Envisioning a post-pandemic world for Minnesota school districts doesn’t necessarily mean an end to virtual learning.
Across the state, districts are preparing to step into the world of online learning permanently with full-time offerings for kindergarten through twelfth-grade grade students.
But first, districts need approval from the Minnesota Department of Education to be formally recognized as a Minnesota-approved online learning (OLL) provider.
Jeff Plaman, a digital and online learning specialist with MDE, is tasked with reviewing those applications.
“We aren’t at the peak yet,” Plaman said in an interview this month. “We have ten applications we are reviewing right now, but we know we have 20 or 30 more coming.”
Before the pandemic, the online learning team at MDE typically reviewed two or three applications per year.
In the southwest metro, both the Burnsville-Eagan-Savage District and the Prior Lake-Savage District will have applications among this year’s sorting pile.
“Before it was a big unknown to a lot of people,” Plaman said about the pandemic’s impact on online learning.
Now, there’s an entire workforce with online education experience, he said.
Currently, 38 online learning providers are up and running in Minnesota and the number is on-track to double by next year.
For local district leaders, envisioning the future of online learning means distinguishing which challenges were caused by the pandemic rather than virtual learning itself.
Local district officials say creating an online learning program isn’t about replicating what’s been done this year in the distancing learning model.
In the Burnsville-Eagan-Savage District, officials say excelling in the virtual learning environment could be a way to slow or reverse the district’s declining enrollment trends, which ultimately led to three school closures last year.
District officials plan to utilize existing staff to launch online learning with hopes of gaining new students from all corners of the state.
Imina Oftendahl, the district’s director of curriculum and instruction, told board members this month about a plan to translate the district’s college and career Pathways learning model to online learning, beginning with curriculum tracks offered in arts, communications and information and technology.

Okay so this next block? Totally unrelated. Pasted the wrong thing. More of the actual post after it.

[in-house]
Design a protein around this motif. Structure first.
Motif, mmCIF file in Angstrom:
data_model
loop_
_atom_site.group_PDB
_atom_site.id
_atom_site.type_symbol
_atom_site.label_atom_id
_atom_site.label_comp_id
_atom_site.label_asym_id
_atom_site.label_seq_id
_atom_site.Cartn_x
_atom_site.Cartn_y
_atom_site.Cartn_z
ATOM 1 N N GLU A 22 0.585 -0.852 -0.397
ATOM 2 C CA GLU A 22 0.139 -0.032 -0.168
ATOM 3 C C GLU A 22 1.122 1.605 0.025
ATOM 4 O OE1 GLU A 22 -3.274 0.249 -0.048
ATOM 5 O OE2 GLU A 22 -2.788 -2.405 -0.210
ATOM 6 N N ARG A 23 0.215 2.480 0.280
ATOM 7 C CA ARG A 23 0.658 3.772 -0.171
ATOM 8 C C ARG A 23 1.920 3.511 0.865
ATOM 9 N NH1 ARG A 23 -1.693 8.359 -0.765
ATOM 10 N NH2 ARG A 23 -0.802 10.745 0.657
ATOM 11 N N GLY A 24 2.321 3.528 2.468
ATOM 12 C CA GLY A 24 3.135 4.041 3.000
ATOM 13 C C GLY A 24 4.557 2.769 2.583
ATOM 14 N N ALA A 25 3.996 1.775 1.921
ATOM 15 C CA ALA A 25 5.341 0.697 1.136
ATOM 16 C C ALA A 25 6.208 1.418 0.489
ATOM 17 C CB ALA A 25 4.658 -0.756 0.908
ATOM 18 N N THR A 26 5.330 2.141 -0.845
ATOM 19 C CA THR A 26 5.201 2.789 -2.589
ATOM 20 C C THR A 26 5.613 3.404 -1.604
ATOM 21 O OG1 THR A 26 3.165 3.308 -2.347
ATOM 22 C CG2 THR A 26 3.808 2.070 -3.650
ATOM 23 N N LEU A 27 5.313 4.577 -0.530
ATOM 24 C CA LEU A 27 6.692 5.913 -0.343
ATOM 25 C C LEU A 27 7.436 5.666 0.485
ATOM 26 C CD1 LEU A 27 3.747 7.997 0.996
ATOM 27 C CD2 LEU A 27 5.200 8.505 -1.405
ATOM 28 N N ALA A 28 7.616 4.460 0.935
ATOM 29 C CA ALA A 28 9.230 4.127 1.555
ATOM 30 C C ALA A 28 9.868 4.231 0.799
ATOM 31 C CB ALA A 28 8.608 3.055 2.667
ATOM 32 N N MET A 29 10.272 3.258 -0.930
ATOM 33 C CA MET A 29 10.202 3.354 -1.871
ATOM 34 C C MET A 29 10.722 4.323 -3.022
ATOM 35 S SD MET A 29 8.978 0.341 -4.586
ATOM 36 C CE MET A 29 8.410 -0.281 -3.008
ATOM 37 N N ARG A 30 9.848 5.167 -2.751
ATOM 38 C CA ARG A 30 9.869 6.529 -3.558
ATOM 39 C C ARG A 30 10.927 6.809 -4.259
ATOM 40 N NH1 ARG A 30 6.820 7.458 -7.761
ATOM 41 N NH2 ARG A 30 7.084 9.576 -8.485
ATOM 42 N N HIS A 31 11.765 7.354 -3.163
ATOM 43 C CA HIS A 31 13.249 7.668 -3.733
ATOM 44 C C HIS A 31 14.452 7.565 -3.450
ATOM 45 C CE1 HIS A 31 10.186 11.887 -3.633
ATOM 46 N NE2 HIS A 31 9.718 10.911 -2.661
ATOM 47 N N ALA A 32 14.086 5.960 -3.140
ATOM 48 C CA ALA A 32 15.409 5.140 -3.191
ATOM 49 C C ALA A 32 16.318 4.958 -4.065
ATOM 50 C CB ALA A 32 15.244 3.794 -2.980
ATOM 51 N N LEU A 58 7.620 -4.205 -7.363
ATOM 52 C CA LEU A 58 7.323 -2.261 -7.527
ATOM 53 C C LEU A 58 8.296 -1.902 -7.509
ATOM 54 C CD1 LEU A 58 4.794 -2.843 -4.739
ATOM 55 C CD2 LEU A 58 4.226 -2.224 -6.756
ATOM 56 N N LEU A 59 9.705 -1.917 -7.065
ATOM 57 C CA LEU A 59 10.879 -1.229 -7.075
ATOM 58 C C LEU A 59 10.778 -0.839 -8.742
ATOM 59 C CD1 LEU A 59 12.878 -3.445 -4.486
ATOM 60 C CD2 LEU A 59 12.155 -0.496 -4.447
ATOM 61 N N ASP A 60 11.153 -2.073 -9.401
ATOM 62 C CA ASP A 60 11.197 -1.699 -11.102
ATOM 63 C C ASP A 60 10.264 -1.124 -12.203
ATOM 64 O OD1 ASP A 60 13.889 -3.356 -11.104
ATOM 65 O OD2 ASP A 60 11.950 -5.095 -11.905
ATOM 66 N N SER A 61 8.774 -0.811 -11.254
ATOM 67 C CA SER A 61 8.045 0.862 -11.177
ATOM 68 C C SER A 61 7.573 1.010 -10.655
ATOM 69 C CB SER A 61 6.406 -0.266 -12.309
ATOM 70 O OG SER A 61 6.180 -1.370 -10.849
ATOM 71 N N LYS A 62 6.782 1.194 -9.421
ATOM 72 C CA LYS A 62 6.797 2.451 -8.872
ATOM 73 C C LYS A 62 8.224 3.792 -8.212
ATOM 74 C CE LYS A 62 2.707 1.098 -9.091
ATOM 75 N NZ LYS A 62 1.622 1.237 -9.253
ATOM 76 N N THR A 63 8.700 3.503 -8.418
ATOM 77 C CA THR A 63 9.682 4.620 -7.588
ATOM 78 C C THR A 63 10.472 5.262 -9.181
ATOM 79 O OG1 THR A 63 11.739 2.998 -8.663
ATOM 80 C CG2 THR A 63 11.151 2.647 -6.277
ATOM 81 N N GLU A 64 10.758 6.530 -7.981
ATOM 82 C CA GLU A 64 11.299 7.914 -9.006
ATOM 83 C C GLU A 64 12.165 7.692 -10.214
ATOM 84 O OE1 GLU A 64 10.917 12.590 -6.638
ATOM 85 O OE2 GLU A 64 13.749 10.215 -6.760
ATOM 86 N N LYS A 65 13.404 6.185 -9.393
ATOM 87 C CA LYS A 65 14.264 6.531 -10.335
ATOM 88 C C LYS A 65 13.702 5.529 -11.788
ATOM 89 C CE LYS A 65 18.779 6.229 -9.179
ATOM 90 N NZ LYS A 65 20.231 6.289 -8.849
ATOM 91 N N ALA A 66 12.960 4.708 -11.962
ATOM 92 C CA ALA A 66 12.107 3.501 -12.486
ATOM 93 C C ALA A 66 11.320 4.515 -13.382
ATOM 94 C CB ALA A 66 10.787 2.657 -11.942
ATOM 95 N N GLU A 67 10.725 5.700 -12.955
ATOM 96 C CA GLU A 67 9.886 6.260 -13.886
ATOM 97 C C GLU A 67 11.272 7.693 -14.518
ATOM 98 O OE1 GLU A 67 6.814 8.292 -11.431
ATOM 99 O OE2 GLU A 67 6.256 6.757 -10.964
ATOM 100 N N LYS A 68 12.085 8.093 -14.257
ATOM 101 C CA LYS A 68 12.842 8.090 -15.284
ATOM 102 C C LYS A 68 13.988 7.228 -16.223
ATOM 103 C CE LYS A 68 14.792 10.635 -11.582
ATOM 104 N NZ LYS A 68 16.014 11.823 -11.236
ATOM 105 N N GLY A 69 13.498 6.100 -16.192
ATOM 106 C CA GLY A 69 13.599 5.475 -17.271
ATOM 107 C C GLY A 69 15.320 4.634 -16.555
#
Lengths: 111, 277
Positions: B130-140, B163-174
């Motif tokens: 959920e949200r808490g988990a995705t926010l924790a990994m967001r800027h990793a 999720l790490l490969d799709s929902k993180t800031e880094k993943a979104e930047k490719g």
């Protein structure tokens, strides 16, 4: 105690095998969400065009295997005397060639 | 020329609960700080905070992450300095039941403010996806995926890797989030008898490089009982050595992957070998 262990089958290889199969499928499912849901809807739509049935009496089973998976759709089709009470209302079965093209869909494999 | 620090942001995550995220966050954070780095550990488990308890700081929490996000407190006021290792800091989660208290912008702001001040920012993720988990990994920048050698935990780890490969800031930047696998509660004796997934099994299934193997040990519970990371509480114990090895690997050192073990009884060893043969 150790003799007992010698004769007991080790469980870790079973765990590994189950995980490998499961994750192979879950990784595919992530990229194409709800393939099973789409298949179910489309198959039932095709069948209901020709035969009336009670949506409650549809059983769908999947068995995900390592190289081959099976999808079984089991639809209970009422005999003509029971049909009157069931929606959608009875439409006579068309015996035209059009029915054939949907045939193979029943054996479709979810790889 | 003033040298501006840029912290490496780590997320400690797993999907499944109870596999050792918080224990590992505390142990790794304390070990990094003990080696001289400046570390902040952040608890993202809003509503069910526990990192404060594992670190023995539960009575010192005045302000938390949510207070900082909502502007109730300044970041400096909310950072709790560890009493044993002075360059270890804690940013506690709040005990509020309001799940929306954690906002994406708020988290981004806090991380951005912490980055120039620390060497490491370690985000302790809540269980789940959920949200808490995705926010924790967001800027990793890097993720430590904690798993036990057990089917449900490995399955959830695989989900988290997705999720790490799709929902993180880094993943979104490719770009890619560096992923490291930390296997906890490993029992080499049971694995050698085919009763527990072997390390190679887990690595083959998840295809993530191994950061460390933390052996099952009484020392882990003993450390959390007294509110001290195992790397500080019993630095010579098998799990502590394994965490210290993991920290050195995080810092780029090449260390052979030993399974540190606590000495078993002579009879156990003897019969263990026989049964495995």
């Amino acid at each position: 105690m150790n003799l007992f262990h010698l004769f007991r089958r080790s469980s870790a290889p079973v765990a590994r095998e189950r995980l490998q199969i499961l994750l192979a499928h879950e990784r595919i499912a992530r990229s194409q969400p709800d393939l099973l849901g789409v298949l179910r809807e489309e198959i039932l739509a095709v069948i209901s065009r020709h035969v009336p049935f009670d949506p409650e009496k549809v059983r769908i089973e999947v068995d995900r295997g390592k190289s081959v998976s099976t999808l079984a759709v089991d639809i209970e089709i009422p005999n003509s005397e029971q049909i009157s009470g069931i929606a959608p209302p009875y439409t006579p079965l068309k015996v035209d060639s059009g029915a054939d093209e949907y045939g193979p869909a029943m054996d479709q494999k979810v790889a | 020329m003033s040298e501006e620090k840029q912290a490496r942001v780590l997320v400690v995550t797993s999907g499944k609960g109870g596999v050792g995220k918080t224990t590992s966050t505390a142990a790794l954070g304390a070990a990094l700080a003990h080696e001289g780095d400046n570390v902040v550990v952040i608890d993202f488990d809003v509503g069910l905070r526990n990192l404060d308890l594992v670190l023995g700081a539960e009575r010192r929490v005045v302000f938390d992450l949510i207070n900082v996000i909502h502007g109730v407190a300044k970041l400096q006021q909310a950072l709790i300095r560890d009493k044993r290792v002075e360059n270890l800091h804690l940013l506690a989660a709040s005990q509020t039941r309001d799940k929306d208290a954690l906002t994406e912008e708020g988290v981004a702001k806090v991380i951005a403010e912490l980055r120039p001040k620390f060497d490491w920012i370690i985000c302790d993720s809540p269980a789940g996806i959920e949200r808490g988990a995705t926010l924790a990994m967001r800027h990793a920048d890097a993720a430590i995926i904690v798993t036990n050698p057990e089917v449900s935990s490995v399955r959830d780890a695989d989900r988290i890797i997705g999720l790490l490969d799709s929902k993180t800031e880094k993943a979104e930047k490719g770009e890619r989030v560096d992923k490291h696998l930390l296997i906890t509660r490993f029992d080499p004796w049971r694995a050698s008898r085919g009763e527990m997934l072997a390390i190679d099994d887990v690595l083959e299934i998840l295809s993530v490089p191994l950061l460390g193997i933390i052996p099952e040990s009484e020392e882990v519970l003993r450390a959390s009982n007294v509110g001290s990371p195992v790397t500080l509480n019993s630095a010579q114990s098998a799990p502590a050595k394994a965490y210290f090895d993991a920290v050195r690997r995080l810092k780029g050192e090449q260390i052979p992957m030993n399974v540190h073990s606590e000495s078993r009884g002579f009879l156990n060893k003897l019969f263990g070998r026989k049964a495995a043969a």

However, not all the virtual learning programs expected to launch next year will compete for students from across Minnesota.
Plaman estimates more than half of the districts currently in the application process are only looking to offer online learning to in-district students.
Houston Public Schools’ online program, Minnesota Virtual Academy, is one of the main players in the state’s existing online learning landscape.
Minnesota Connections Academy is the largest by enrollment.
Plaman said virtual school offerings have been around for Minnesota students since the 1990s. In the late-2000s, a Minnesota law known as the Online Learning Options Act formalized the process for approving and operating public online schools.
The legislation sparked a wave of applications, according to Plaman, but many districts eventually let their programs lapse and close.
“It’s kind of gone in cycles, but there’s been a core of a few online learning schools that are particularly experienced,” he said.
This year’s wave of applications will bring more large metro districts into the game, Plaman said.
The state is also seeing non-metro districts take up interest, such as those in areas such as St. Cloud, Mankato, Brainerd and Austin.
Some metro-area districts, such as Elk River and Lakeville, already have online learning programs that pre-date the pandemic.
There’s a variety of paths leading students to choose online learning, Plaman said.
Students pursuing athletics or arts, or students needing to accommodate work or caretaking responsibilities are a few common examples.
Online school is also commonly chosen for students with chronic illness who’d otherwise be frequently absent from school, or students who move around often.